Egyptians vote for new constitution amid unrest
Strong 'yes' vote is seen to bolster the military-designed political order
Egyptians went to the polls on Tuesday to vote “yes” on a new constitution in support for the military ouster of Islamist President Mohammad Mursi amid nationwide violence that killed 11 people , according to the Health Ministry.
Al Arabiya correspondents in Cairo’s upscale district of Zamalik and in the north-eastern city of Suez reported heavy voter turnout.
But the more densely-populated suburban areas with strong Islamist support are expected to boycott the plebiscite.
A big turnout and overwhelming “yes” vote would bolster the status of the military-appointed authorities and police by making clear Egyptians are in favor of the new political order they are part of.
For many, it has also become a vote of confidence for army chief Abdel Fattah al-Sisi, the man who overthrew Morsi in July and is now mulling a presidential bid.
“I am voting because it is not only my civic duty, but also to prove that what happened was not a coup,” Omar, 24, told AFP, referring to the July 3 ouster of Mursi by the army.
Mursi, Egypt’s first democratically elected and civilian president, was pushed aside by Sisi following massive street protests against his one year rule that was marred by allegations of power grabs and mismanagement of the economy.
His ouster and the subsequent deadly government crackdown on his Islamist supporters from the Muslim Brotherhood left the most populous Arab country deeply polarized.
The Brotherhood, now designated as a terrorist organization by the military-installed authorities, called for a boycott of the referendum.
Protest erupted early morning in Alexandria, Bani Suef and the Giza district of Cairo. Police responded firing tear gaz. The Health Ministry said 11 people were killed and 28 others wounded nationwide.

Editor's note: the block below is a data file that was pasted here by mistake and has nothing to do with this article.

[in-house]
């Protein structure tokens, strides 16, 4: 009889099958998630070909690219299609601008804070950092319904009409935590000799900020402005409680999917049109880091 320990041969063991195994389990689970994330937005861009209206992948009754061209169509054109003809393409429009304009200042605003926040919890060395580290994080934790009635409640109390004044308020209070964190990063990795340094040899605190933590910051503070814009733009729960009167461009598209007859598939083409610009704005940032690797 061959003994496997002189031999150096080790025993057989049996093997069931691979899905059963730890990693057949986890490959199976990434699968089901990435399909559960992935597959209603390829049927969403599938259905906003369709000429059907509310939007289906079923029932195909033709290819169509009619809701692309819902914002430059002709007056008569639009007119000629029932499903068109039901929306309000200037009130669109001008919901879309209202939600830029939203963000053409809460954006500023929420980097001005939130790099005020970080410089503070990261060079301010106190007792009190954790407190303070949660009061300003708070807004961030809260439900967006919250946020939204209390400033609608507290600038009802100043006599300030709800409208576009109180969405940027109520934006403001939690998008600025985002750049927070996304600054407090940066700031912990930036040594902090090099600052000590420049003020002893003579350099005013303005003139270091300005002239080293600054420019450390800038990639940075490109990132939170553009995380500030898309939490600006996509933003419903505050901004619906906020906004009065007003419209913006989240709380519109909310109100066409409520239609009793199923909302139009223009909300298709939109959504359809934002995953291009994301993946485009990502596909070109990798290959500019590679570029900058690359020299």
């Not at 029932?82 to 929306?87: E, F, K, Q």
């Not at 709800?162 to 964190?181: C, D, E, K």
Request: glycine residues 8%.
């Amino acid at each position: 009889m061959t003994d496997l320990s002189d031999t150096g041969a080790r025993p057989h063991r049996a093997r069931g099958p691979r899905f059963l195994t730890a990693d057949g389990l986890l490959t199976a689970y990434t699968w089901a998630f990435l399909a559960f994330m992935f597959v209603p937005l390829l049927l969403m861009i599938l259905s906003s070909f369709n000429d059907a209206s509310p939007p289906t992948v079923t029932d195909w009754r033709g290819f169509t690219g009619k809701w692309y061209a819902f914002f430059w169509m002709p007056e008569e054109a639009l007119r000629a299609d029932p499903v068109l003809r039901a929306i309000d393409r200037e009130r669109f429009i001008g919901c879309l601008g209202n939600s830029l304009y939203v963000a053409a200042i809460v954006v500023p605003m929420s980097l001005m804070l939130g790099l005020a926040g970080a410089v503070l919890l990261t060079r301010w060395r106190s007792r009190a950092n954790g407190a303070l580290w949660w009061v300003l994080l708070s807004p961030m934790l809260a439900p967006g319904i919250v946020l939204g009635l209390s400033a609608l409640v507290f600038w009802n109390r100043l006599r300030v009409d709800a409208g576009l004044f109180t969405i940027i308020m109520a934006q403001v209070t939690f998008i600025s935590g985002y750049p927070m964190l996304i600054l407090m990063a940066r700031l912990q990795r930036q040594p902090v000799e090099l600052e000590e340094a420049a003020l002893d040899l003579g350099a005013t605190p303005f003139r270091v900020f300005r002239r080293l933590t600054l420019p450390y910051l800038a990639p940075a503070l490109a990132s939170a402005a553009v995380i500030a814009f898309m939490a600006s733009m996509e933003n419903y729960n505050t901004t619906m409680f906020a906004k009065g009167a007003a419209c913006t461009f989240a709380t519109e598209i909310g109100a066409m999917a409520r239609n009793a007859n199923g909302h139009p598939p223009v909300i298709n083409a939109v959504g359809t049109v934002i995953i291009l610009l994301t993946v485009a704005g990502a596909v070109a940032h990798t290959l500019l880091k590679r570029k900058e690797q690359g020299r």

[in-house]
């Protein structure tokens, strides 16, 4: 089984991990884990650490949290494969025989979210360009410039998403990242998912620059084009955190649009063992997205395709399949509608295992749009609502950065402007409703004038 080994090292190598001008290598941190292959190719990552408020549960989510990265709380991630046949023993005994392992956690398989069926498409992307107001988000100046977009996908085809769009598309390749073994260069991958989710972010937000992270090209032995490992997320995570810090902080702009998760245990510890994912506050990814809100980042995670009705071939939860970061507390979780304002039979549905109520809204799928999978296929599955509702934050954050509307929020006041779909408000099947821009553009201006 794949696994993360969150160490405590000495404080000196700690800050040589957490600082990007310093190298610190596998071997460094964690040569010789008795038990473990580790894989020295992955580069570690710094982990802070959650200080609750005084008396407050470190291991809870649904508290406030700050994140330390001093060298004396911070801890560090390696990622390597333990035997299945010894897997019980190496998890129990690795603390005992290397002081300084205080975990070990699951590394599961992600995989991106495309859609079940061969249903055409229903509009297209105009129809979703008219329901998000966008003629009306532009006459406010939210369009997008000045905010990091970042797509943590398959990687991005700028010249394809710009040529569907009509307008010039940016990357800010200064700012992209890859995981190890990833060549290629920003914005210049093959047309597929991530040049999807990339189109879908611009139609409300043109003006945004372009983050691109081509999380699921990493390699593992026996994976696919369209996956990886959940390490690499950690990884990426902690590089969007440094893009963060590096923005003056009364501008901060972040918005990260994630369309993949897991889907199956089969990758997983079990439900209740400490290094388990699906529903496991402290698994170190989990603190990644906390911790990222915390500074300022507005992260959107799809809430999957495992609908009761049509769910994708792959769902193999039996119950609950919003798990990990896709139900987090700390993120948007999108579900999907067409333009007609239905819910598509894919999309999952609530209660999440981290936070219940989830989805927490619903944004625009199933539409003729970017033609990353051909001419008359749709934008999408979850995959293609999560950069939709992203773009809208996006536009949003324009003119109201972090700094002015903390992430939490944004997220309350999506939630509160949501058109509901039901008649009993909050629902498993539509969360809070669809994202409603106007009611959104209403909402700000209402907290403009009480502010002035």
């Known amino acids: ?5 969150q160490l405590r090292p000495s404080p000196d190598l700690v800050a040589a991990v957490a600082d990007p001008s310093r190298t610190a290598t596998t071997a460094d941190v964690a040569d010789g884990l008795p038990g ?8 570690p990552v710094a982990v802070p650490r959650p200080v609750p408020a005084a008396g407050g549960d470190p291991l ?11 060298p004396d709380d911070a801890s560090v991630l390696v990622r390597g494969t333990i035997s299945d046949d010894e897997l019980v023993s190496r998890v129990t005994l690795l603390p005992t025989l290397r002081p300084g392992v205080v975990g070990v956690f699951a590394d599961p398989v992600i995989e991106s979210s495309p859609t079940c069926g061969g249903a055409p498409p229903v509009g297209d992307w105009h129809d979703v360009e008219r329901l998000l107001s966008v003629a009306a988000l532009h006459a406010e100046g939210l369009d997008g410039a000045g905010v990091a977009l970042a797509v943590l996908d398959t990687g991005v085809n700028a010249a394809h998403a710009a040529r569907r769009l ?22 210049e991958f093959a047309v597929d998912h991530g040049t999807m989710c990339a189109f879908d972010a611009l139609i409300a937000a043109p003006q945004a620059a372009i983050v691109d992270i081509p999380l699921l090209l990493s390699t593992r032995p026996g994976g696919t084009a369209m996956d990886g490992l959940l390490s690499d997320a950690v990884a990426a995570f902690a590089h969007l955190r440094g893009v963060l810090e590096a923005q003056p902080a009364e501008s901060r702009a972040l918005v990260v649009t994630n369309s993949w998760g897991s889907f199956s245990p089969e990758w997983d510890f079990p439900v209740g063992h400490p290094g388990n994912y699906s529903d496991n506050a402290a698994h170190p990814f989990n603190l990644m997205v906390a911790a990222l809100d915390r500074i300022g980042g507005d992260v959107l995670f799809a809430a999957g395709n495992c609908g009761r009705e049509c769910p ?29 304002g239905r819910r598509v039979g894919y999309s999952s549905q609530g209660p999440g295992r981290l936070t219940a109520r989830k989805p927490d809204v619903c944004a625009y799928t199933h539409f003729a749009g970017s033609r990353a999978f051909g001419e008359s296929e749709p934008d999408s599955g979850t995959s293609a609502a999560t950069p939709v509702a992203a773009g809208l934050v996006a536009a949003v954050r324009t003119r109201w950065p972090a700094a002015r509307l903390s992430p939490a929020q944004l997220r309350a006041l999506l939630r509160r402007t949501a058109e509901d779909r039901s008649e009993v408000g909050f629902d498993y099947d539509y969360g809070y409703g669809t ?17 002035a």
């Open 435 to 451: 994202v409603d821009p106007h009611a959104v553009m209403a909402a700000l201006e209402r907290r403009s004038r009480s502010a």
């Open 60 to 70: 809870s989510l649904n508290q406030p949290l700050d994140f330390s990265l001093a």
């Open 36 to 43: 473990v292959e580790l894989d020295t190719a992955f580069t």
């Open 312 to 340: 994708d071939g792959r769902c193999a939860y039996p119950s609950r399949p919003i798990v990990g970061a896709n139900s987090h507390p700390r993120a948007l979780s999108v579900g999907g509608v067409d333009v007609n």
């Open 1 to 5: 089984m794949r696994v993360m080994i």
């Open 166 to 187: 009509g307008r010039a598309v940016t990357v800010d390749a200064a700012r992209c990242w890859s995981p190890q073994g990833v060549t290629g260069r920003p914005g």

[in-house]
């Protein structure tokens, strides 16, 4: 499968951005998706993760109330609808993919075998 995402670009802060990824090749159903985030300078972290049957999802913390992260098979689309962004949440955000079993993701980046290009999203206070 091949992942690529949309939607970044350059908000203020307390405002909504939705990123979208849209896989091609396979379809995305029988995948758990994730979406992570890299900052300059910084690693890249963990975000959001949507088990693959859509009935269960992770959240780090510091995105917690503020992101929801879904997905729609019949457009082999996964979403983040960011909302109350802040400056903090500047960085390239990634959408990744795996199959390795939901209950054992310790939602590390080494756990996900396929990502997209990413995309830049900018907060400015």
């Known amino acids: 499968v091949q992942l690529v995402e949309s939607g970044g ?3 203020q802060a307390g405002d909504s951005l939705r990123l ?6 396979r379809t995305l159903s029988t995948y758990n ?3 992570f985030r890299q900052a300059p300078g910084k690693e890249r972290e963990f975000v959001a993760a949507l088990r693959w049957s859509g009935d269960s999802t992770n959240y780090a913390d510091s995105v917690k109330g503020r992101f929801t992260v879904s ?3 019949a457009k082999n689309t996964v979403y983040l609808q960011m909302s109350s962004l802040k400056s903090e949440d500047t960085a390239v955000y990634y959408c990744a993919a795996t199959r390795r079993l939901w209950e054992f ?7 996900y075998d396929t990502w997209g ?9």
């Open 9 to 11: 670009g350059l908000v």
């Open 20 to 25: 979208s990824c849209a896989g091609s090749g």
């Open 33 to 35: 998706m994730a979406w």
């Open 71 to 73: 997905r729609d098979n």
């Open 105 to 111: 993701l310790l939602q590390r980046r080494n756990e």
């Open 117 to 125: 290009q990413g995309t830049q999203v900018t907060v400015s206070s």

Meanwhile, a bomb exploded outside a Cairo court just before polling stations were to open.
The small, improvised bomb damaged the facade of the court house but caused no injuries, a police general said.
The call by Islamists for protests to disrupt the vote, however, found little favor among those waiting to vote.
“The referendum is the end of the Muslim Brotherhood. We say yes to the future and no to the Muslim Brotherhood,” said Galal Zaky, a bread vendor owner.
Wafaa Louis Tawadros, a Coptic Christian, said: “The (Muslim) Brotherhood wanted to divide us.”
“So, I approve this constitution because it clearly states that Christians and Muslims are equal, and so are men and women,” she said.
Egypt’s Christian community has been particularly targeted by Islamists for supporting the ouster of Mursi. They have faced dozens of attacks since July, with many Christian properties and churches torched by Islamist mobs.
Egyptian television footage showed children flashing the victory sign as they accompanied their relatives to polling stations.
Cairo has been festooned with banners urging a “yes” vote, often featuring military motifs such as a general’s hat, an allusion to army chief Sisi.
Successive military rulers
Egypt was ruled by successive presidents drawn from military ranks until Hosni Mubarak’s overthrow in early 2011, setting off three years of unrest.
“We are tired after three years of violence, bloodshed and instability. I hope this constitution ends this nightmare,” said Ahmed Othman, a 75-year-old man who leaned on his walking stick as waited for his turn outside a polling station.
In downtown Cairo’s working class district of Sayyida Zeinab, dozens of voters were seen carrying posters of Sisi as songs praising the army and the general blared from loudspeakers.
Nisreen Ahmed, a voter, said the “constitution was the foundation of a state.”
“We need it quickly and after that Sisi can become the president. The ideal thing would be to have a government and a parliament made up of men like him,” she said, her hair covered by a beige veil.
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